Startups that are effectively acting as middlemen between consumers and suppliers need to find a way of pleasing both parties
Tech startups have changed the game for consumers, creating a fairer and more even playing field where transparency and value are fast becoming commonplace. In an age when we’re ever more focused on doing this responsibly and efficiently, it's not surprising to see more two-sided market models emerging where the startup is responsible for looking out for the interests of the people who want things as well as the people who can supply them. And for the most part, the outcome is overwhelmingly positive. But this trend is still in its infancy and it's not all been plain sailing.
Some tech startups are grappling with the balancing act of keeping both sides of their market happy. At the end of the day, two sided market model only works when both supply and demand are equally engaged and fulfilling their part of the deal. Resolving any tension in the chain is crucial.
Take Uber, the ride-sharing app, for example. When it launched in 2009, huge numbers of drivers signed up, attracted by the ability it gave them to make their own hours and earn extra money at their convenience. But while delighting riders by providing better value and more convenient inner city transport than ever before, Uber has had its fair share of run-ins with drivers. Finding the right balance between charging a fair price and paying a fair wage is crucial to its business model and to delivering the service it’s become famous for.
Meanwhile, Airbnb, the peer-to-peer homestay network, has changed the way people think about booking accommodation – even for the most mature segments of the market. But there was a time not so long ago when when we were hearing reports of irresponsible guests causing damage to the homes they’ve been renting. The Airbnb we see now is increasingly supporting hosts just as much as guests and as a result the business has largely left behind any early concerns from hosts.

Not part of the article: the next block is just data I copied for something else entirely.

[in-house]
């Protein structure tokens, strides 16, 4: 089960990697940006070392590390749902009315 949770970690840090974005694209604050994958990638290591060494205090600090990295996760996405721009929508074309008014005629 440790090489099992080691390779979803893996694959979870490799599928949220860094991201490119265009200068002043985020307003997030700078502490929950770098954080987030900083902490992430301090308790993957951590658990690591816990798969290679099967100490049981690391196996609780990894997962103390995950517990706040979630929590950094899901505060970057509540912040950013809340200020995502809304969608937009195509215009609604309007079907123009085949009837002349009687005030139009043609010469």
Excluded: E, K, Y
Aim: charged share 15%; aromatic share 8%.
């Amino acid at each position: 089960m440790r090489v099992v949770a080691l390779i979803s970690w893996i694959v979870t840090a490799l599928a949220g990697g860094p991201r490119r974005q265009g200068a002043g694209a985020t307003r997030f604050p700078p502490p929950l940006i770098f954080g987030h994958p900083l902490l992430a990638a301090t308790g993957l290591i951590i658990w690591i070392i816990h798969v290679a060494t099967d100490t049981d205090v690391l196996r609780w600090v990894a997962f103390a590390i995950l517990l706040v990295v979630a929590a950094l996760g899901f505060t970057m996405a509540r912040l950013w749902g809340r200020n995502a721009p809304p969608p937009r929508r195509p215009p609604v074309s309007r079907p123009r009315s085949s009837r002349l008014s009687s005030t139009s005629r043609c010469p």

There are plenty of other examples, such as Rightmove, the property website that was initially considered a threat to estate agents. Customers could compare properties side by side without the hassle of visiting multiple estate agents. Rightmove managed to communicate to the industry that it wasn’t there to compete with but rather to help both estate agents and buyers. It has since been embraced by the industry as simply another marketing tool to connect buyers with sellers that removes the hassle for both parties.
At carwow, we face exactly the same challenges and put just as much energy into resolving tensions for both sides of our market. We’ve learned from businesses like these that it’s vital to balance the needs of both the supply and demand sides of your marketplace. While consumers do in many cases save money due to the increased choice and transparency carwow facilitates, our business is set up to support the dealer market too so that prices aren't driven down so much that they become unsustainable.
Dual marketplaces can increase efficiency, transparency and choice by using smart technology to connect supply and demand. We’ll see even more of these businesses spring up in the coming years but only startups that can adapt to the needs of both of their audiences and keep the lines of communication open will enjoy success.